Tuesday, September 29, 2020

Whispered Memories: A Monarch Butterfly's Flight

When we learn something, it becomes a memory that we can access to inform future decisions and behaviors. Repeated enough, that learning becomes instinct - the accumulation of memories passed down through the generations. Instinct is the dog biting a child who tries to take its food. It's the zip of adrenaline when someone follows us down a dark alley. It's the monarch butterfly, traveling tens of thousands of miles with nothing to guide it but a whispered memory embedded in its genes.
From The Ones We Choose, a novel by Julie Clark

I'm a fiction reader. Give me a good novel I can get lost in, and I'm happy to leave real life behind for a short time. And it's always a pleasant surprise when the book is written so beautifully that it's almost like poetry.

I finished The Ones We Choose by Julie Clark earlier this month. It was one I'd asked the Hutchinson Public Library to order, since I'd enjoyed Clark's other novel, The Last Flight, which was already in their collection. (I recommend both of Clark's novels.)

When I saw the description of the monarch butterfly, I took a photo of the page. I knew the majestic monarch butterflies would soon arrive in our backyard for the annual pilgrimage. I loved the idea that the butterfly knows where to go based on "a whispered memory embedded in its genes."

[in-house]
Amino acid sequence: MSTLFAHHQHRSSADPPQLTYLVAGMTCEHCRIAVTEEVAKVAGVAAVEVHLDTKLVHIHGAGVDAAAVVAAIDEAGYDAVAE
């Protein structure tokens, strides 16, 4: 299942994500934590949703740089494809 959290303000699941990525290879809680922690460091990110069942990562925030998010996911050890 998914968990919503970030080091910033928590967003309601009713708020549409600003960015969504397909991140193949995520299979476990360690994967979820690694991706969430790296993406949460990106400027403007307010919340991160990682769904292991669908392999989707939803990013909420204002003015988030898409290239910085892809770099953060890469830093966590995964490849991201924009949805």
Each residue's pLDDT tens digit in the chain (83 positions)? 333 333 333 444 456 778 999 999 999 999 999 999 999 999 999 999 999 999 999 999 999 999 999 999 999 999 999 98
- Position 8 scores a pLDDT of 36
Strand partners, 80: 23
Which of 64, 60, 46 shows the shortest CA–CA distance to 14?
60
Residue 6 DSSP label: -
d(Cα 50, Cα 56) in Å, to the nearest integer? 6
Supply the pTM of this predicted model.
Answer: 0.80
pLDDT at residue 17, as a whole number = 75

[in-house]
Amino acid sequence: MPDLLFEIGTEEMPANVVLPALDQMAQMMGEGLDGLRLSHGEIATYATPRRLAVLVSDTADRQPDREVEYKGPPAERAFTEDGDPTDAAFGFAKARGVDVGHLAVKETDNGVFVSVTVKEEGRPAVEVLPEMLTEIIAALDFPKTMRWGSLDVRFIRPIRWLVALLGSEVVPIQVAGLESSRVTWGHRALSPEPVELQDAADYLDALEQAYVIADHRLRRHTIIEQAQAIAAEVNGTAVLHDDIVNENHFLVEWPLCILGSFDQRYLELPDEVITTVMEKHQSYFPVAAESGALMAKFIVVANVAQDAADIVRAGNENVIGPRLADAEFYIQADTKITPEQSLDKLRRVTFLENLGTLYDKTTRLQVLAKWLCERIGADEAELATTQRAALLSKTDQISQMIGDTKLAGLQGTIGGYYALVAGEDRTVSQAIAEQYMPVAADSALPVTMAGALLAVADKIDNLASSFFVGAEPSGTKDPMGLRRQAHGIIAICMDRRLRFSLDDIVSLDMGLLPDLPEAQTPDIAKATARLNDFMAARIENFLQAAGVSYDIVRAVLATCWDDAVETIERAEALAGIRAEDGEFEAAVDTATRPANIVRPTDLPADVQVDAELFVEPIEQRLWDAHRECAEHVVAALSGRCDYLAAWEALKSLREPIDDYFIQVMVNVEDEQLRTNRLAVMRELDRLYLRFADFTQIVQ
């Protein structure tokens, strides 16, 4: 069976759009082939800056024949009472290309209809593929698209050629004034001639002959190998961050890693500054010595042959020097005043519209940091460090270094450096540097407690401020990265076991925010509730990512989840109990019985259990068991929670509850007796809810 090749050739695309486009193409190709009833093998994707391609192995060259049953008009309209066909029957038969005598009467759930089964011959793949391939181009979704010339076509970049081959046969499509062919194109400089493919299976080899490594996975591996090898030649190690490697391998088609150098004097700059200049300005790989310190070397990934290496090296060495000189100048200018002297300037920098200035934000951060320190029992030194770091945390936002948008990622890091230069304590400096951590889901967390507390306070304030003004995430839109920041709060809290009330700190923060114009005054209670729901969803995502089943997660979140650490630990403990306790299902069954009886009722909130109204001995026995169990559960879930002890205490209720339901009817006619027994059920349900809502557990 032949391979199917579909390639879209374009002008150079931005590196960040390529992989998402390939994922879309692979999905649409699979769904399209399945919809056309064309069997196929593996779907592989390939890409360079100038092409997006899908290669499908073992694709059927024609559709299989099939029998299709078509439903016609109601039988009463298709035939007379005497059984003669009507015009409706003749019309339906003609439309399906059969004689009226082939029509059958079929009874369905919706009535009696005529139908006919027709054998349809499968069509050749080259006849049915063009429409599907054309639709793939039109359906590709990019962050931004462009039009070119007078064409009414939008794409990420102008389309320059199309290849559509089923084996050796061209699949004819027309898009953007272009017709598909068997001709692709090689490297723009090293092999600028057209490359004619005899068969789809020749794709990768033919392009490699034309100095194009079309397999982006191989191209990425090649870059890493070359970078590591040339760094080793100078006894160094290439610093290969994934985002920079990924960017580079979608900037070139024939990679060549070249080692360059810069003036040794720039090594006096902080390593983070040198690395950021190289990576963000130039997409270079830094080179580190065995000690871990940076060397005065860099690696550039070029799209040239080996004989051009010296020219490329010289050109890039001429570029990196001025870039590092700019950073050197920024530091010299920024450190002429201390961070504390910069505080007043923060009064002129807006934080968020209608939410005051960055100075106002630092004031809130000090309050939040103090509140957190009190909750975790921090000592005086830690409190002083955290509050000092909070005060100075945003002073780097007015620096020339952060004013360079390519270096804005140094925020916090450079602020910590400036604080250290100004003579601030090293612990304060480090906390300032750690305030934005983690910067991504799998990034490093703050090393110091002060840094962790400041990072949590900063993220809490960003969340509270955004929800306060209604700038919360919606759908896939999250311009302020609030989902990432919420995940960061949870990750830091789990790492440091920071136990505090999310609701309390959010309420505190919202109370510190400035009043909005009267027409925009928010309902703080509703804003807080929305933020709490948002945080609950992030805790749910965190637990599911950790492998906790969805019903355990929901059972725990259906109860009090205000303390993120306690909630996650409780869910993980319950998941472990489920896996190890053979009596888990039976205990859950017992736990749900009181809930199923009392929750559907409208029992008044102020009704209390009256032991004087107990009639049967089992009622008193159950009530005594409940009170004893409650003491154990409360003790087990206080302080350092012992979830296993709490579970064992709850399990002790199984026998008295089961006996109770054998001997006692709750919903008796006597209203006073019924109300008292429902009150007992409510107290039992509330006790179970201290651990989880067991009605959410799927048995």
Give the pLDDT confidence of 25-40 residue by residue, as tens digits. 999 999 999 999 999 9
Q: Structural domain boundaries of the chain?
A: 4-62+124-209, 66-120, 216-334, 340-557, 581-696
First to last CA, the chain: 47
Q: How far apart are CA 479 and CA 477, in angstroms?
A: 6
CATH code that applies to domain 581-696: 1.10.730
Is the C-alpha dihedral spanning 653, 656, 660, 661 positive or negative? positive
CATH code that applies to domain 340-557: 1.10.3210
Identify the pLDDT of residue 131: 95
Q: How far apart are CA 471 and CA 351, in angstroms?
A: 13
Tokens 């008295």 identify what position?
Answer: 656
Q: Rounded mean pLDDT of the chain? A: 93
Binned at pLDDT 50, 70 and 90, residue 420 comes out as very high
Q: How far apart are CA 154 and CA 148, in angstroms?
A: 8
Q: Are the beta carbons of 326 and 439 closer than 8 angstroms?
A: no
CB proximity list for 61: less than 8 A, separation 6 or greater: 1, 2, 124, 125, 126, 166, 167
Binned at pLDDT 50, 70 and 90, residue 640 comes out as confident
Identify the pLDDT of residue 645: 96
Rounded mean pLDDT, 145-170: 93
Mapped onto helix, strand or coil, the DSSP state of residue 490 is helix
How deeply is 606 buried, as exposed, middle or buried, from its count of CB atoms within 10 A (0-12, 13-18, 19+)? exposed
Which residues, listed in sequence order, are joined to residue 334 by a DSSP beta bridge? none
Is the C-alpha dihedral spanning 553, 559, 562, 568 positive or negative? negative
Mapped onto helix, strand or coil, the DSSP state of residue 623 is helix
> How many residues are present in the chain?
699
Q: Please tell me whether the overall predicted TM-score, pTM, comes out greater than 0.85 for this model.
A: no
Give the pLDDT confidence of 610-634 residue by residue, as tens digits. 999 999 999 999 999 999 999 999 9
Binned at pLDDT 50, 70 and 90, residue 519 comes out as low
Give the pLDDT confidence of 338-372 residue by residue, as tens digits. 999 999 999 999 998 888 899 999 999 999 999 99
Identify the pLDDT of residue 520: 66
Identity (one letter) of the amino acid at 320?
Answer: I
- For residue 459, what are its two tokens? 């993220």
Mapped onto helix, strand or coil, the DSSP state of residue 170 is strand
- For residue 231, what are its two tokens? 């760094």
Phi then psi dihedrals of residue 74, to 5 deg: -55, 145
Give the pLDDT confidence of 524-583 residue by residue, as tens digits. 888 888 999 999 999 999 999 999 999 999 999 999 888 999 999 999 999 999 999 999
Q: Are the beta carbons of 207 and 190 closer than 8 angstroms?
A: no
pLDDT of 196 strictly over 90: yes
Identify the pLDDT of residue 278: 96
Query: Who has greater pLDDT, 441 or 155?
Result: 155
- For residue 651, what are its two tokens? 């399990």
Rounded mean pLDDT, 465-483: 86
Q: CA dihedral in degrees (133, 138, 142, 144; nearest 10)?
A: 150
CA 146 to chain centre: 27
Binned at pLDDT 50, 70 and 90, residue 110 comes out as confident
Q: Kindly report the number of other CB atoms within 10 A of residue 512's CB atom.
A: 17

I suppose the phrase also resonated because I read it just before we left Kansas to travel to South Dakota to see Randy's brother at the hospice. The "whispered memories" are part of a human's life journey as well. No matter the disparate choices made by siblings in adulthood, there is a "whispered memory" of a shared history.

The butterflies typically take a "breather" on the north side of trees in our farmyard. 

As Randy was planting wheat last week, he found that the shelterbelts bordering the field also had the fall equivalent of miniature runways as the orange and black flying machines seemed to practice touchdowns and takeoffs like a student pilot practicing his/her craft. (It's not a good photo, but it sort of shows how we needed an air traffic controller for all the activity.)


I got one shot with multiple butterflies, but there definitely wasn't overcrowding in our annual Air bnb.


With the north wind, the butterflies seem to have departed for warmer climes after more than a week sheltering in our tree lines. I sure hope next year's monarchs will hear that "whispered memory" that brings them back to Central Kansas.